Common Sense Prevails in Court – Now Victorian ALP Has Questions to Answer

Veteran party reformer Eric Dearricott's victory in the Supreme Court on Friday is a big win for democracy in the Victorian Labor Party -- but the battle goes on.

Open Labor welcomes Justice Hargrave's decision to allow Eric Dearricott to retain access to evidence relevant to the illegal use of prepaid gift cards for membership renewals, while also taking steps to ensure that the confidentiality of ALP members is protected.
 
We note the frustration expressed by Justice Hargrave that the state Labor party had tied up the Supreme Court for an afternoon over a matter that he said could have been resolved by conciliation between the party and Eric Dearricott.
 
Mr Dearricott had twice sought such conciliation with party officials before the case went to court, and twice been rebuffed.
 
An Open Labor statement on November 30 described the action against Mr Dearricott as heavy-handed and unwarranted.   
 
Party leaders should thank Mr Dearricott for campaigning against branch-stacking and corruption in the party. Instead, they have embarked on a misguided campaign to shoot the whistleblower.
 
Justice Hargrave also dismissed the party's application for costs to be awarded against Mr Dearricott.
 
Members of Open Labor and Local Labor joined former Premier John Cain in court yesterday to support Mr Dearricott and his courage in pursuing a more honest and democratic party.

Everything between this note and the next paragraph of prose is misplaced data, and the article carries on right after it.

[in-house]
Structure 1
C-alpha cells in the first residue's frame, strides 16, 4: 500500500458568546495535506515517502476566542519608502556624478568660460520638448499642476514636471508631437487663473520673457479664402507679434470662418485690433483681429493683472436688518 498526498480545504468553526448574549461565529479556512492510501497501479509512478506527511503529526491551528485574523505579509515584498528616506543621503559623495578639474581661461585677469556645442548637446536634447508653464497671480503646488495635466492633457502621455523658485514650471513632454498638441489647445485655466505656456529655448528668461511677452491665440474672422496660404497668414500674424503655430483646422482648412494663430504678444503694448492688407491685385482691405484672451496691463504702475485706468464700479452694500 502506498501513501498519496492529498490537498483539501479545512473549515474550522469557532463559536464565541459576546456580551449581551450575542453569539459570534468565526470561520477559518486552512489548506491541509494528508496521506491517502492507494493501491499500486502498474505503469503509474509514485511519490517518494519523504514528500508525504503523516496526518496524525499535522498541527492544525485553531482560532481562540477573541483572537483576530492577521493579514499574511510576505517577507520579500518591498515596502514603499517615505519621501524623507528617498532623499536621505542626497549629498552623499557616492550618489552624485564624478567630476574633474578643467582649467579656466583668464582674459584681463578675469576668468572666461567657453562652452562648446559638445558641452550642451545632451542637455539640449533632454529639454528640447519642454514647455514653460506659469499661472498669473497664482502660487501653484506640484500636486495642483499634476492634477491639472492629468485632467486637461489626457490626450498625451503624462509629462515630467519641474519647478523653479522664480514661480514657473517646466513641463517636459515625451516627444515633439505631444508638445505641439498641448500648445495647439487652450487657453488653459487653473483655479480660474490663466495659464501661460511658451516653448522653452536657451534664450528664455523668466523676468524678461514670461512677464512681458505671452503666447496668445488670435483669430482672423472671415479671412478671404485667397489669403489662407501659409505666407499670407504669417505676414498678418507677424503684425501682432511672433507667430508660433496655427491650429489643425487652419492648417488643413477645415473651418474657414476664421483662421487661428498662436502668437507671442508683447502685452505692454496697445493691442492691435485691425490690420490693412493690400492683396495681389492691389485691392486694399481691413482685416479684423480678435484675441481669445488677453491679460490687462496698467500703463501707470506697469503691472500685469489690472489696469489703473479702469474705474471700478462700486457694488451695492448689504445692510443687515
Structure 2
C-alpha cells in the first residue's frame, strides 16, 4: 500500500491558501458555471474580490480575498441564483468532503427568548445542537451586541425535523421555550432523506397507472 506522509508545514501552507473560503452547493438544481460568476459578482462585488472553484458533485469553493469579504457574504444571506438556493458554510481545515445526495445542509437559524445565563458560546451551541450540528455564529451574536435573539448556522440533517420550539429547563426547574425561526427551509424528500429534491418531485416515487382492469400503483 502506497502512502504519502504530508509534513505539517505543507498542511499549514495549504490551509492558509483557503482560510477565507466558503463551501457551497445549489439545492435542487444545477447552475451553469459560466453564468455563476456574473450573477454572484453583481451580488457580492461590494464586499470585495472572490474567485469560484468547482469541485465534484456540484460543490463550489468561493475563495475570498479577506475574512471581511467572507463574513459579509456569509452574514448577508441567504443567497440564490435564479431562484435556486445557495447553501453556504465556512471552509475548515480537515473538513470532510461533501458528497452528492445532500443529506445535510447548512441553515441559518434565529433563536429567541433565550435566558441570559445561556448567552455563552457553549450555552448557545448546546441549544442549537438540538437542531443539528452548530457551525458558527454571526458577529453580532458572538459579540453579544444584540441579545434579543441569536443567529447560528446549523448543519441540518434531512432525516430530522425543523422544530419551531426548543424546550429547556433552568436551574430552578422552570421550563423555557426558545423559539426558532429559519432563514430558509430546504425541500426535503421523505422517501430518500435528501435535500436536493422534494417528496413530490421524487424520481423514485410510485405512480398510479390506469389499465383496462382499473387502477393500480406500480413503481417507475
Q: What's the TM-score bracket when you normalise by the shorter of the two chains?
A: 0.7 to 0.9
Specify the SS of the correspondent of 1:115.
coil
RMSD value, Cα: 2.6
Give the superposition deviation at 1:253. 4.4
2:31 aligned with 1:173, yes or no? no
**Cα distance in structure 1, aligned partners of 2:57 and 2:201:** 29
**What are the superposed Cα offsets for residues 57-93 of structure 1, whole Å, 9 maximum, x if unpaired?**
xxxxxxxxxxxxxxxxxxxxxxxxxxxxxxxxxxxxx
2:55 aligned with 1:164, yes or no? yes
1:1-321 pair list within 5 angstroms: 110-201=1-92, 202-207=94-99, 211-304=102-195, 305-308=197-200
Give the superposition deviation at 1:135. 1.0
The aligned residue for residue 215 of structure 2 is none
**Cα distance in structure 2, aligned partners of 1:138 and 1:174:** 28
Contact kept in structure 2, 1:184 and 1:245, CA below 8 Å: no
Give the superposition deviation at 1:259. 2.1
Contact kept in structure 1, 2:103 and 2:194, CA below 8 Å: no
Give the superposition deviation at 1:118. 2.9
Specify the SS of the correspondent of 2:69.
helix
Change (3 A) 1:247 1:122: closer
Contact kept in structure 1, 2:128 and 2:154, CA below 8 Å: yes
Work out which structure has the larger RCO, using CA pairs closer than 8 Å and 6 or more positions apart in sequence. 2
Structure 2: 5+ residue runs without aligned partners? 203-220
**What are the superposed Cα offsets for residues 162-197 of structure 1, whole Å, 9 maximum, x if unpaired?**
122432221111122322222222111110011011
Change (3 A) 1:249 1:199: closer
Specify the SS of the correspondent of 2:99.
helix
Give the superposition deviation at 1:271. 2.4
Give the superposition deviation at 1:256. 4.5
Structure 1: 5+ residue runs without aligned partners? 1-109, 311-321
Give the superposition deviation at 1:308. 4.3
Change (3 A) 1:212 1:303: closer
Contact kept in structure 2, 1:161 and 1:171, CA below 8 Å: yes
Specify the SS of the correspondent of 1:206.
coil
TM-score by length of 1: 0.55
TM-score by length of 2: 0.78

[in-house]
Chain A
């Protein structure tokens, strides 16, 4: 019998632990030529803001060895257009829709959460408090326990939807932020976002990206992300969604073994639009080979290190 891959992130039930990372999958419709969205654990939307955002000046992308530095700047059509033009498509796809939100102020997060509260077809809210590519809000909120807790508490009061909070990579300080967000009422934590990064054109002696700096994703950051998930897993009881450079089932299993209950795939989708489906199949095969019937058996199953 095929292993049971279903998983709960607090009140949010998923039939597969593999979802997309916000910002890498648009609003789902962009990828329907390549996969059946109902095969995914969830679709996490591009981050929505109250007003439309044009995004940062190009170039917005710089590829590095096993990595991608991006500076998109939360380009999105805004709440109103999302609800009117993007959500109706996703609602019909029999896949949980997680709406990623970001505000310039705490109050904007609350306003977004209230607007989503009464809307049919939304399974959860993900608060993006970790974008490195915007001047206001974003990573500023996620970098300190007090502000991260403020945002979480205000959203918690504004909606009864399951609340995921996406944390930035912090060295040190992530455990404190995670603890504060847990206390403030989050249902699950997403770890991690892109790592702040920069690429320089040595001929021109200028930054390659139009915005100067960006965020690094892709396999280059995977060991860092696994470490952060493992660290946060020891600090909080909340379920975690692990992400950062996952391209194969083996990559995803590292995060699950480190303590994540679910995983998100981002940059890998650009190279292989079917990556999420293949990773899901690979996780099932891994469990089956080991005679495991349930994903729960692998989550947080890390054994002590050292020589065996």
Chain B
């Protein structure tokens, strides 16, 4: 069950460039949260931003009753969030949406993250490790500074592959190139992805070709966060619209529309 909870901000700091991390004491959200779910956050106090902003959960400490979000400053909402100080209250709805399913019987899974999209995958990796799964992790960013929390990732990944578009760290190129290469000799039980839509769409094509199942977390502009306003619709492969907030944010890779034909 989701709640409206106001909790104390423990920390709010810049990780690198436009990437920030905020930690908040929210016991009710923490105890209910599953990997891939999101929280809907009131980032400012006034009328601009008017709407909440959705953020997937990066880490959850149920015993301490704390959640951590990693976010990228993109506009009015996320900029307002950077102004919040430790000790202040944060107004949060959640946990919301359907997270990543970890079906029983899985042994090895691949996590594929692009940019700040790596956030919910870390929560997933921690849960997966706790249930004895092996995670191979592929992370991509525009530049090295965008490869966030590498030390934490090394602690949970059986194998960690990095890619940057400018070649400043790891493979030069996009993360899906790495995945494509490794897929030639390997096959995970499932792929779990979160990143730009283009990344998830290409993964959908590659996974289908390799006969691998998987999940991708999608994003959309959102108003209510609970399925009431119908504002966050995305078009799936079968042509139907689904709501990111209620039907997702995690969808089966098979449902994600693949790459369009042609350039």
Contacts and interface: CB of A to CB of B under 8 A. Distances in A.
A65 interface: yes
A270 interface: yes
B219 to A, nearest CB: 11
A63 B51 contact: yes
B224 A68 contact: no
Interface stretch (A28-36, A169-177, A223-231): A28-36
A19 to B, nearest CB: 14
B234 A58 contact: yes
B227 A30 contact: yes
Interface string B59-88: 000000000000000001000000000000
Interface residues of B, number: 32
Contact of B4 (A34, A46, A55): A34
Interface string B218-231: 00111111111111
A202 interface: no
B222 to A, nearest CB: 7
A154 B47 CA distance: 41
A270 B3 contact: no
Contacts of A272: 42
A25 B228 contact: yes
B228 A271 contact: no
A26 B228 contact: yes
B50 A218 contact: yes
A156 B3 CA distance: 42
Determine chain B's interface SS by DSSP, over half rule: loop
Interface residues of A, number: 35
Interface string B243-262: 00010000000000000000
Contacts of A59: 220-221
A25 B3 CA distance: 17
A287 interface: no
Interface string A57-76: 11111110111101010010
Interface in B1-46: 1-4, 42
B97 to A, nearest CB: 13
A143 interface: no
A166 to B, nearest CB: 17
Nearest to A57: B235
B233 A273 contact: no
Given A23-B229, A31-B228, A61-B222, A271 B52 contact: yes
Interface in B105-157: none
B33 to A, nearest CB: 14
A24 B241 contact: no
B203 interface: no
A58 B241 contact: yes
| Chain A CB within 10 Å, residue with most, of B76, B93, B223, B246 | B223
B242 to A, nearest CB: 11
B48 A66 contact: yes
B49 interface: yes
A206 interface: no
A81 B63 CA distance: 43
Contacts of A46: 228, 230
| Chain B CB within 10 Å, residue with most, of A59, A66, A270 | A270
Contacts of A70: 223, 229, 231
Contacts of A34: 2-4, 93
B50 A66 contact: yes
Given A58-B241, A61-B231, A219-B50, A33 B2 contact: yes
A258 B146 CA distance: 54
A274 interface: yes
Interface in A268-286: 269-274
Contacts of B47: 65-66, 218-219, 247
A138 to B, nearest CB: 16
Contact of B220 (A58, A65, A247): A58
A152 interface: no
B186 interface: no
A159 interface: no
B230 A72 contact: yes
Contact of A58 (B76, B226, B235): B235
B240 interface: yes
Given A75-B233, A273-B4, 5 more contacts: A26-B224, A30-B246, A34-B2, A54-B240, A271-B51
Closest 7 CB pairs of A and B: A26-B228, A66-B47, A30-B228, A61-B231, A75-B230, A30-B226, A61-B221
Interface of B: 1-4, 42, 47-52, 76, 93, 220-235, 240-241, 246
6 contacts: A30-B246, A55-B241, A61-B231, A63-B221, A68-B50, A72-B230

Yesterday's article in The Age provides a good summary of the case and the court's decision: http://www.smh.com.au/national/labor-loses-legal-bid-to-silence-whistleblower-20151211-gllsi5.html
 
While Justice Hargrave's findings leave Victorian Party officials red-faced, vital issues of ALP integrity, democracy and reform remain.  Party members and supporters deserve to know:
 
Why did the Party seek to exclude Mr Dearricott from access to membership data which he is entitled to review as a member of the party's Administrative Committee?  

  • Who decided to pursue the Supreme Court action rather than pursue the conciliation that Mr Dearicott proposed?
  • What was the financial cost to the Party of taking the action, and who authorised Party resources to be used for this purpose?
  • Who in the Party will be held responsible for this affair, and what consequences will they face?
  • When will the Party release the report of its internal investigation into branch-stacking, so that members and supporters can judge for themselves whether the report has integrity?  
  • What actions will the Party take to protect those who expose branch stacking and corrupt behaviour?
  • When Party integrity is undermined and its power abused, questions must be answered. Is the Victorian Labor Party up to that challenge?

 
More information: Tom Bentley at tombentley@fastmail.net or 0400930525 or info@openlabor.net.au